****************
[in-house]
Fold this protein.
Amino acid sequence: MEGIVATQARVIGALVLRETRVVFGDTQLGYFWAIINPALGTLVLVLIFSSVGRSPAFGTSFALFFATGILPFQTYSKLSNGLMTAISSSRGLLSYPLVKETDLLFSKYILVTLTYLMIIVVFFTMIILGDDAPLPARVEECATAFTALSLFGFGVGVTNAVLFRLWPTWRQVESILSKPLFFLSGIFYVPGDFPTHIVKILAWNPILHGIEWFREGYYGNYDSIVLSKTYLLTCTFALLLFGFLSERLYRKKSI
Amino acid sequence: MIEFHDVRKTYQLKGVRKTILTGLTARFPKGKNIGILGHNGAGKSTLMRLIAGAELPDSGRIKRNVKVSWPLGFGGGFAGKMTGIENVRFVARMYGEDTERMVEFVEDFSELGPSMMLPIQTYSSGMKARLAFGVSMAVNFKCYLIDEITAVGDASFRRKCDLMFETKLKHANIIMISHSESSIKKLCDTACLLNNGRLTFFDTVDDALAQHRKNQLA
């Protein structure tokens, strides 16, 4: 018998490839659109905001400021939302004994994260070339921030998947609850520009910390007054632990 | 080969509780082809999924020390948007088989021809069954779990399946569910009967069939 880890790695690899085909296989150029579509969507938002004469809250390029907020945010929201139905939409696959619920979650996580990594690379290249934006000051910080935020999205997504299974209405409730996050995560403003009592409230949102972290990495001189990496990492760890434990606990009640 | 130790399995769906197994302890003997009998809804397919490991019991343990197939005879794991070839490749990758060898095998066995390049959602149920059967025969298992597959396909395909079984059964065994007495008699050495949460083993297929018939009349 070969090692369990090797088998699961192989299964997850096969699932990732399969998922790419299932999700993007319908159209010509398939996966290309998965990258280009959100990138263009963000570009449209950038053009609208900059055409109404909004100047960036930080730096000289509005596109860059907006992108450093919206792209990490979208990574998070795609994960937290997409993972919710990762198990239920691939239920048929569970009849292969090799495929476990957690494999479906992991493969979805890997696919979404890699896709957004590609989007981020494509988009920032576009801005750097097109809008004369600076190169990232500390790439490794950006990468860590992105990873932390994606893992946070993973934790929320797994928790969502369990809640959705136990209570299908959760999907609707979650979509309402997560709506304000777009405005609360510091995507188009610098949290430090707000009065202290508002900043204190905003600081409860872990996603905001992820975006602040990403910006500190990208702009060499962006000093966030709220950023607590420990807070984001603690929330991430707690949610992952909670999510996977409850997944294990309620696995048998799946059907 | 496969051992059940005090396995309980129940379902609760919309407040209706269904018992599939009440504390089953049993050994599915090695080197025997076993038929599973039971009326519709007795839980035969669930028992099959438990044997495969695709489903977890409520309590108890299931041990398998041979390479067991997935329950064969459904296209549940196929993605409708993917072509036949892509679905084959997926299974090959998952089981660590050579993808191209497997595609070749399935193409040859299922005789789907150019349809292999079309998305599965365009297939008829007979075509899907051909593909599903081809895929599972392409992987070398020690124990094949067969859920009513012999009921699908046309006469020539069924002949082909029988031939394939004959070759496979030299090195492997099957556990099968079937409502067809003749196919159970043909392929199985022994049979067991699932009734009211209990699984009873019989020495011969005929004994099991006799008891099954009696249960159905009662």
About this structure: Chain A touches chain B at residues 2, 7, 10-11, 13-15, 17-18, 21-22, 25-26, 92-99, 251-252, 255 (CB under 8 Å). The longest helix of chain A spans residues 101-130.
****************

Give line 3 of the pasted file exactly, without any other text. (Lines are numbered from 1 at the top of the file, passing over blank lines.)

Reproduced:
Amino acid sequence: MEGIVATQARVIGALVLRETRVVFGDTQLGYFWAIINPALGTLVLVLIFSSVGRSPAFGTSFALFFATGILPFQTYSKLSNGLMTAISSSRGLLSYPLVKETDLLFSKYILVTLTYLMIIVVFFTMIILGDDAPLPARVEECATAFTALSLFGFGVGVTNAVLFRLWPTWRQVESILSKPLFFLSGIFYVPGDFPTHIVKILAWNPILHGIEWFREGYYGNYDSIVLSKTYLLTCTFALLLFGFLSERLYRKKSI